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10 practice notes
  • 578 N.E.2d 716 (Ind.App. 5 Dist. 1991), 48A02-9010-CR-568, May v. State
    • United States
    • Indiana Court of Appeals of Indiana
    • September 23, 1991
    ...reason why each factor is aggravating or mitigating, and (3) an evaluation and balancing of the factors. Robinson v. State (1985), Ind., 477 N.E.2d 883. If an explanation appears inadequate, the appellate court may order an enhanced sentence reduced to the presumptive, or change consecutive......
  • 515 N.E.2d 1082 (Ind. 1987), 49S00-8609-CR-817, Oglesby v. State
    • United States
    • Indiana Supreme Court of Indiana
    • December 2, 1987
    ...by other instructions which were given, the Court is not bound to read the tendered instruction. See Robinson v. State (1985), Ind., 477 N.E.2d 883, 886; Wallace v. State (1985), Ind., 474 N.E.2d 1006, 1008. Since the subject was well covered by the trial court's given instructions, there w......
  • 508 N.E.2d 1274 (Ind. 1987), 1185S466, Dumbsky v. State
    • United States
    • Indiana Supreme Court of Indiana
    • June 18, 1987
    ...to be mitigating or aggravating. Third, it must balance the mitigating and aggravating factors. Robinson v. State (1985), Ind., 477 N.E.2d 883, 886. These requirements serve a dual purpose. They guard against arbitrary and capricious sentencing, and they provide an adequate basis for appell......
  • 489 N.E.2d 68 (Ind. 1986), 584S161, Henderson v. State
    • United States
    • Indiana Supreme Court of Indiana
    • February 28, 1986
    ...in order to determine if the aggravating circumstances offset the mitigating Page 72 circumstances. Robinson v. State (1985), Ind., 477 N.E.2d 883. The purposes for requiring a specific statement of reasons for enhancing a sentence are twofold. First, it insures the judge considered only pr......
  • Request a trial to view additional results
10 cases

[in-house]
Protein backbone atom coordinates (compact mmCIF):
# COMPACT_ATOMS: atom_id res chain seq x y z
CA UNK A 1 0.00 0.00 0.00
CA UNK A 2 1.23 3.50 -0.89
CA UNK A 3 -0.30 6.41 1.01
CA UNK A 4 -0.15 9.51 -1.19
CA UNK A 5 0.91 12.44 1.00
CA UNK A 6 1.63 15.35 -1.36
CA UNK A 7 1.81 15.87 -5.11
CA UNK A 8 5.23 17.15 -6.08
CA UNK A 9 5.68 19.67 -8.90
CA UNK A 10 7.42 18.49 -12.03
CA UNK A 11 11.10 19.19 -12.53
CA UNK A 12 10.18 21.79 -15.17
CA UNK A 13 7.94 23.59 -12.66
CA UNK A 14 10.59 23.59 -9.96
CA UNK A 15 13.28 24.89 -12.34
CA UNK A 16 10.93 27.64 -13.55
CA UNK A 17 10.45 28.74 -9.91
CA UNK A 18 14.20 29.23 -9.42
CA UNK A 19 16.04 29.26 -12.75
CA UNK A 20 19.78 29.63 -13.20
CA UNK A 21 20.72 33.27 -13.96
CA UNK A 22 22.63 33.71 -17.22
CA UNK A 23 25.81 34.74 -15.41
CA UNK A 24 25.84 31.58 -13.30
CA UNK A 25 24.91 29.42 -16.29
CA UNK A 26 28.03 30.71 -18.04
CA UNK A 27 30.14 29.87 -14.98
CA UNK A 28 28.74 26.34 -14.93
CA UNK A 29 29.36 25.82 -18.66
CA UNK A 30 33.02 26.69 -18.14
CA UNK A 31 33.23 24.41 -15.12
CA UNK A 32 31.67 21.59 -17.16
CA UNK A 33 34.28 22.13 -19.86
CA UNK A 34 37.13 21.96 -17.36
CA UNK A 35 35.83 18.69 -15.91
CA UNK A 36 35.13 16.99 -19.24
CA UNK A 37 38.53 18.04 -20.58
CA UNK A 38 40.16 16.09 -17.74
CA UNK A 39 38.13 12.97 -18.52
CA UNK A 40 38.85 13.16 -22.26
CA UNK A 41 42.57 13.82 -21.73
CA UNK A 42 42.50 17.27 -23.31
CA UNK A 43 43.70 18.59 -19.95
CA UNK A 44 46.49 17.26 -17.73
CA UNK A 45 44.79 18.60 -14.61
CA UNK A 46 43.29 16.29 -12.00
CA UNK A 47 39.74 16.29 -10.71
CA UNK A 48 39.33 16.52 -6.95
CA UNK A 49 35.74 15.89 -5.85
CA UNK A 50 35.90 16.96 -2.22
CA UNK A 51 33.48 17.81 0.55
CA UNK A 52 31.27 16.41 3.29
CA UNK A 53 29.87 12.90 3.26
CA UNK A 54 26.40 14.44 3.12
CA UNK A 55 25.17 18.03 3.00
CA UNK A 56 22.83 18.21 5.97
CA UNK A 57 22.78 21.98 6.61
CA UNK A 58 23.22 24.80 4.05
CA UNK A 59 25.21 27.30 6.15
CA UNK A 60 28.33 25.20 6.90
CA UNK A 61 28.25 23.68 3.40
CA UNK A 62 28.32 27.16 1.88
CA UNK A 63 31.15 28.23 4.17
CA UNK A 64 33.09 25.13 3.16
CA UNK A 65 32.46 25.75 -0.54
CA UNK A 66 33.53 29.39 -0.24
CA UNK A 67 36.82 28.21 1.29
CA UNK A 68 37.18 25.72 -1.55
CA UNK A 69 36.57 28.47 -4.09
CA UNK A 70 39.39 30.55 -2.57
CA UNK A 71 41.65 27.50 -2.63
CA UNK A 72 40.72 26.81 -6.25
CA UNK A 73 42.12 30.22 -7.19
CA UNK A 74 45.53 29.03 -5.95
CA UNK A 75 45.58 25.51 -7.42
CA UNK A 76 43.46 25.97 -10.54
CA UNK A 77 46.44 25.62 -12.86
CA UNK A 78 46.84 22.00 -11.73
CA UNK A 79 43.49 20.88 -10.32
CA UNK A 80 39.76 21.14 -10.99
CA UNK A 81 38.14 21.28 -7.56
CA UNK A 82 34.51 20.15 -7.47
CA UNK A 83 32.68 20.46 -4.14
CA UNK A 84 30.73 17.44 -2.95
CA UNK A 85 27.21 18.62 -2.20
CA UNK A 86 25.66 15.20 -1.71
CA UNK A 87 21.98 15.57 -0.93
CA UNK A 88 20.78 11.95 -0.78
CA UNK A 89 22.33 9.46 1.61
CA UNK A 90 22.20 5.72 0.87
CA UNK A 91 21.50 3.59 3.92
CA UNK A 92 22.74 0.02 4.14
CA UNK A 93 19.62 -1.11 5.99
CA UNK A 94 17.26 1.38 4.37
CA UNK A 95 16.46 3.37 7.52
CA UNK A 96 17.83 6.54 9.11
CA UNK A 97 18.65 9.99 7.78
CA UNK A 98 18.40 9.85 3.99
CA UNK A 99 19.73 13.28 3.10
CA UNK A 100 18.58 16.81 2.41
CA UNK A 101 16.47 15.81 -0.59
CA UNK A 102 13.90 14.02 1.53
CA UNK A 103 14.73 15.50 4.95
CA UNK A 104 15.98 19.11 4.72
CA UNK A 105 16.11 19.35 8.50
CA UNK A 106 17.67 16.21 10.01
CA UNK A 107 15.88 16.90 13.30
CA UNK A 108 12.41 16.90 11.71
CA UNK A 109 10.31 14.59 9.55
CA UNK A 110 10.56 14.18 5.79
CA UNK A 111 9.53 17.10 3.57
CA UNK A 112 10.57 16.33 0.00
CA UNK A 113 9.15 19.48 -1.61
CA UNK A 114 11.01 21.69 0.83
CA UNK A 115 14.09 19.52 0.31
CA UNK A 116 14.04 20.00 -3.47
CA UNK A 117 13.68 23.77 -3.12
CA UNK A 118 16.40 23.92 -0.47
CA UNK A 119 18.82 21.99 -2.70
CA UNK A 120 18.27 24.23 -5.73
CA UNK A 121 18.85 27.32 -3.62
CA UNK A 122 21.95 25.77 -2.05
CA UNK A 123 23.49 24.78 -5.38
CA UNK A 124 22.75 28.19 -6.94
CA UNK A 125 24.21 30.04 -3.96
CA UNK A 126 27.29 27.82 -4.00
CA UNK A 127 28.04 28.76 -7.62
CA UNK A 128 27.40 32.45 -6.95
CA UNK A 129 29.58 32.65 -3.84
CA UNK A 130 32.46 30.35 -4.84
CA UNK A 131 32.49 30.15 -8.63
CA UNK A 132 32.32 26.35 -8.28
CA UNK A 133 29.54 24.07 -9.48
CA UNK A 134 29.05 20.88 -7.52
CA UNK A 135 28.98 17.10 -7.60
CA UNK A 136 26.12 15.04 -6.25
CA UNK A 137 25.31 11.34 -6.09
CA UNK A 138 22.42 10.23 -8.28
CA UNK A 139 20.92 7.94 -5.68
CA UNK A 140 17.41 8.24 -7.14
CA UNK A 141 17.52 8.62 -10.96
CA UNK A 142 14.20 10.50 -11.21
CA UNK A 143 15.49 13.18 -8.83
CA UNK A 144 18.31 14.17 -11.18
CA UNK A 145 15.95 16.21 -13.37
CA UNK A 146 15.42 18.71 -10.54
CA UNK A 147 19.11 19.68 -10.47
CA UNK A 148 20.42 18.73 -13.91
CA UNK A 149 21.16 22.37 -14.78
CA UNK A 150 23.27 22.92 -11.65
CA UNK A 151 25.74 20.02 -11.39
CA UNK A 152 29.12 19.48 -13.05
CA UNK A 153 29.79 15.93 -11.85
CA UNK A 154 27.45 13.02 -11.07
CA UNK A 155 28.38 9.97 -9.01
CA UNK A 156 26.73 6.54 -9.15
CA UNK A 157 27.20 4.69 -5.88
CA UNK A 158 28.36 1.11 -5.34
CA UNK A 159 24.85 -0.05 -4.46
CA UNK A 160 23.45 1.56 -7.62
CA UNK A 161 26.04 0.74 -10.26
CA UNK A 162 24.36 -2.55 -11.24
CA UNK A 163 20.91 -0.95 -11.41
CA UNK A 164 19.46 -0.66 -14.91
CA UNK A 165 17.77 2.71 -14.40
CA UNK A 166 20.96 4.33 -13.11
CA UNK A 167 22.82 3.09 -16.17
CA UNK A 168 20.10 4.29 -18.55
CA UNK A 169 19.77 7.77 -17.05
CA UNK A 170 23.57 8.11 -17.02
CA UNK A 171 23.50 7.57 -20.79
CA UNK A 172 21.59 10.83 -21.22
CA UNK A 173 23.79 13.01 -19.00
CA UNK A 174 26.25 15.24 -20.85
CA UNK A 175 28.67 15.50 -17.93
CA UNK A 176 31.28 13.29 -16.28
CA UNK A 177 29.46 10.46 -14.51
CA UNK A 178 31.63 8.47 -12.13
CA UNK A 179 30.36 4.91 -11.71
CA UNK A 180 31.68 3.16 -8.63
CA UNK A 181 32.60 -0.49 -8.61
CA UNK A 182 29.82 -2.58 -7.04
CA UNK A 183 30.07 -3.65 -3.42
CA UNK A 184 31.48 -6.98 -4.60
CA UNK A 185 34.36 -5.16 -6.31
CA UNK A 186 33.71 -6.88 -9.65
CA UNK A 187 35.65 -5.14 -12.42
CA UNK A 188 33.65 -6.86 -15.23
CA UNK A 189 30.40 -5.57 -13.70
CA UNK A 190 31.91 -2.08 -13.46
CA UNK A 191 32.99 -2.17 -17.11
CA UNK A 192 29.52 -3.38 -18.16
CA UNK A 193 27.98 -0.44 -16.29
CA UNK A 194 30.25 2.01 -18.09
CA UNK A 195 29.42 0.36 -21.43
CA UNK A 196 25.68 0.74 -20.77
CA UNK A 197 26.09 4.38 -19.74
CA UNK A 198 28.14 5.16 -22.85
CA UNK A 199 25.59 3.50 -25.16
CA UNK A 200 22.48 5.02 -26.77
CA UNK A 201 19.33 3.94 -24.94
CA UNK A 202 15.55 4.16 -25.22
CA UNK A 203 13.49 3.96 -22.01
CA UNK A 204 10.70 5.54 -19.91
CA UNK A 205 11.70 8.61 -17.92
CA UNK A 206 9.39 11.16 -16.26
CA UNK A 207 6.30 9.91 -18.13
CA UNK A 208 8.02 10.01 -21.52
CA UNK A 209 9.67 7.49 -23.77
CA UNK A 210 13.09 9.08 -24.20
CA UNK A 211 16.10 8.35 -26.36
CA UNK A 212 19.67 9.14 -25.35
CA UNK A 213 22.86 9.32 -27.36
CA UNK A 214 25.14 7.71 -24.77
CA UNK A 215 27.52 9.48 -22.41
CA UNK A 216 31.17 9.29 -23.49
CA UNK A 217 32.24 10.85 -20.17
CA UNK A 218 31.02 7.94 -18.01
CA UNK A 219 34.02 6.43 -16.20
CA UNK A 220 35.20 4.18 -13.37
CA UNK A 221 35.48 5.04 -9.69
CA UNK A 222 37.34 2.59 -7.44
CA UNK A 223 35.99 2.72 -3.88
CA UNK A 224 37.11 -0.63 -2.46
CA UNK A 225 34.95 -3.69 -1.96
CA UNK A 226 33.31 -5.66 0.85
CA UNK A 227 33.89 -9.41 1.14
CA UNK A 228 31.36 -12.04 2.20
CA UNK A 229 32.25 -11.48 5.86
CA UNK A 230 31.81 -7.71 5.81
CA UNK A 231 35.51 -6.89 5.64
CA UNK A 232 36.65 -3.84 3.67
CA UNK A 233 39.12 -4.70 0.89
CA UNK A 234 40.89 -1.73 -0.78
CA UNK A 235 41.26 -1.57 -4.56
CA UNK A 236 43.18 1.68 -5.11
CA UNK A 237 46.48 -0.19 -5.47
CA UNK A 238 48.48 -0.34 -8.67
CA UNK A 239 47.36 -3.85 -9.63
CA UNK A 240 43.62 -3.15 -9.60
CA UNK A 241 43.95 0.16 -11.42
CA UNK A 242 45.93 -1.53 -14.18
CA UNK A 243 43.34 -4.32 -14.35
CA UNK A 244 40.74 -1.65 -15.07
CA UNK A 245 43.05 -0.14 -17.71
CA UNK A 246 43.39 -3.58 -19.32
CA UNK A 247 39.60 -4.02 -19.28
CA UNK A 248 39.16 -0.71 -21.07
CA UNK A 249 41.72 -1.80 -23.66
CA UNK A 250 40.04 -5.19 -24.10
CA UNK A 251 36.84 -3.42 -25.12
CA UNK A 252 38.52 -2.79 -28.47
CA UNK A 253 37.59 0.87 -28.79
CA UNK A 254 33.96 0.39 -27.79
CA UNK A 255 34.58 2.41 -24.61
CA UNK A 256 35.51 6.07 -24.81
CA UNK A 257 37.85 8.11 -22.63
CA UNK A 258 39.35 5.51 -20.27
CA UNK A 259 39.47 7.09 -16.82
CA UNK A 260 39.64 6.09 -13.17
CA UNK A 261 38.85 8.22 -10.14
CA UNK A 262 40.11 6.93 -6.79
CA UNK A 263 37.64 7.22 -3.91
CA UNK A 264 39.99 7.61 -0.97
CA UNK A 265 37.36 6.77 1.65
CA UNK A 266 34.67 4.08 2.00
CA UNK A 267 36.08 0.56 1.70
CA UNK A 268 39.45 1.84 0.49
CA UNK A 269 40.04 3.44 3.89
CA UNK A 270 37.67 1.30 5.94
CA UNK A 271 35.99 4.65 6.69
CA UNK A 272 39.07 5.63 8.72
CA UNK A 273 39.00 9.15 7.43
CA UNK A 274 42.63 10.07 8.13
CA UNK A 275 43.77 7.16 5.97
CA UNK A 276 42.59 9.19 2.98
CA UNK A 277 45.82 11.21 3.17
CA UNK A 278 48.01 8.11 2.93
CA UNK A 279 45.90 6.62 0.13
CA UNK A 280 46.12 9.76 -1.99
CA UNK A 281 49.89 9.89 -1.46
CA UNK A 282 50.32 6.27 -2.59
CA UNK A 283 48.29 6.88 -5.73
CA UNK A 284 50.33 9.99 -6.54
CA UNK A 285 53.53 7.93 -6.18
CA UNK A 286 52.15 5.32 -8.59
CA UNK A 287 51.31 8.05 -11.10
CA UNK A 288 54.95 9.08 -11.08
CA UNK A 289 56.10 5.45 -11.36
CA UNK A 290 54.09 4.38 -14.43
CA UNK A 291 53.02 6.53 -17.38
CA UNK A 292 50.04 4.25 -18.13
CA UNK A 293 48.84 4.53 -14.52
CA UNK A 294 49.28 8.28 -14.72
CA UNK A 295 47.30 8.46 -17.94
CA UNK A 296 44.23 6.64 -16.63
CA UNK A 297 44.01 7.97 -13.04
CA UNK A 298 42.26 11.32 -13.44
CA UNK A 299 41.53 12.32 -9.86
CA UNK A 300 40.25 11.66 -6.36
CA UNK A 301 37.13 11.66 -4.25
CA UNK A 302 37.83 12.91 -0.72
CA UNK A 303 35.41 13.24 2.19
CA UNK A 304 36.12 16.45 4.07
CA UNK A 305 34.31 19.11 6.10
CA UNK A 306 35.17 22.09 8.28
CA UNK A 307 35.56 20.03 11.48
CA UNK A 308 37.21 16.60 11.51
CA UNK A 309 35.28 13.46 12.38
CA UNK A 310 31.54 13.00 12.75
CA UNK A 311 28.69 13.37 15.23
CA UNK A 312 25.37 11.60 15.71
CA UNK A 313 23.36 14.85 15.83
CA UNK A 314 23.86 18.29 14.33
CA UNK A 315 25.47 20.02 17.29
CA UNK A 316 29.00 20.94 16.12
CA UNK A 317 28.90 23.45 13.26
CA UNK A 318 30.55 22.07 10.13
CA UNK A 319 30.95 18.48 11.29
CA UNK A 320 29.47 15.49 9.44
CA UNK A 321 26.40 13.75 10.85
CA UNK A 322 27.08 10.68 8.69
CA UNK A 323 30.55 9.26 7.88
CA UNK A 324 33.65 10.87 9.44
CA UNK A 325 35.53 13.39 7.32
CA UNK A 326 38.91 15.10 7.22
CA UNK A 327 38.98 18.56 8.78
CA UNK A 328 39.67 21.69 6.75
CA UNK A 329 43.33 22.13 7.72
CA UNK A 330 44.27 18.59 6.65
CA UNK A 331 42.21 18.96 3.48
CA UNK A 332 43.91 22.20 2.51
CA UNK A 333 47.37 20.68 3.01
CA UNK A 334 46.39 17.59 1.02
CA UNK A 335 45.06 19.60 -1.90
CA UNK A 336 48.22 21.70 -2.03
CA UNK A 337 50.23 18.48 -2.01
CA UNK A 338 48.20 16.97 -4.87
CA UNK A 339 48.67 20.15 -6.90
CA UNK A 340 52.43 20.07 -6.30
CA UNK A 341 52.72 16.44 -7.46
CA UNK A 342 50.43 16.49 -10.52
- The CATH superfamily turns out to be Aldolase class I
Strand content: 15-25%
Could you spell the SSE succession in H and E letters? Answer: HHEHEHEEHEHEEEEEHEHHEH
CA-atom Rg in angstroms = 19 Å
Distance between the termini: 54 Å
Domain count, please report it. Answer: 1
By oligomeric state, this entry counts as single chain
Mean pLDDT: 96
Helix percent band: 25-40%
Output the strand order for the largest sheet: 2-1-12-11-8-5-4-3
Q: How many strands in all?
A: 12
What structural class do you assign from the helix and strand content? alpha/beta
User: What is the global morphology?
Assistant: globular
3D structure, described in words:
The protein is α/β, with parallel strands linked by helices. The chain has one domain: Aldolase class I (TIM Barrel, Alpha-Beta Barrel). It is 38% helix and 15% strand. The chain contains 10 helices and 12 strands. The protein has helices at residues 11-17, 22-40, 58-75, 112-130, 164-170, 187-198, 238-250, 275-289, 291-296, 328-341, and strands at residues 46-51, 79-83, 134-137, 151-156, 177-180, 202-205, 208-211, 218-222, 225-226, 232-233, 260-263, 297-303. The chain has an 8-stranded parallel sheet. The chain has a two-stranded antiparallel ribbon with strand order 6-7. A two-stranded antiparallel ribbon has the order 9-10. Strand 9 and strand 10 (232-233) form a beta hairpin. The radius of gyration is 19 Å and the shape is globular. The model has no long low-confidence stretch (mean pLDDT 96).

• 578 N.E.2d 716 (Ind.App. 5 Dist. 1991), 48A02-9010-CR-568, May v. State
    • United States
    • Indiana Court of Appeals of Indiana
    • September 23, 1991
    ...reason why each factor is aggravating or mitigating, and (3) an evaluation and balancing of the factors. Robinson v. State (1985), Ind., 477 N.E.2d 883. If an explanation appears inadequate, the appellate court may order an enhanced sentence reduced to the presumptive, or change consecutive......
  • 515 N.E.2d 1082 (Ind. 1987), 49S00-8609-CR-817, Oglesby v. State
    • United States
    • Indiana Supreme Court of Indiana
    • December 2, 1987
    ...by other instructions which were given, the Court is not bound to read the tendered instruction. See Robinson v. State (1985), Ind., 477 N.E.2d 883, 886; Wallace v. State (1985), Ind., 474 N.E.2d 1006, 1008. Since the subject was well covered by the trial court's given instructions, there w......
  • 508 N.E.2d 1274 (Ind. 1987), 1185S466, Dumbsky v. State
    • United States
    • Indiana Supreme Court of Indiana
    • June 18, 1987
    ...to be mitigating or aggravating. Third, it must balance the mitigating and aggravating factors. Robinson v. State (1985), Ind., 477 N.E.2d 883, 886. These requirements serve a dual purpose. They guard against arbitrary and capricious sentencing, and they provide an adequate basis for appell......
  • 489 N.E.2d 68 (Ind. 1986), 584S161, Henderson v. State
    • United States
    • Indiana Supreme Court of Indiana
    • February 28, 1986
    ...in order to determine if the aggravating circumstances offset the mitigating Page 72 circumstances. Robinson v. State (1985), Ind., 477 N.E.2d 883. The purposes for requiring a specific statement of reasons for enhancing a sentence are twofold. First, it insures the judge considered only pr......
  • Request a trial to view additional results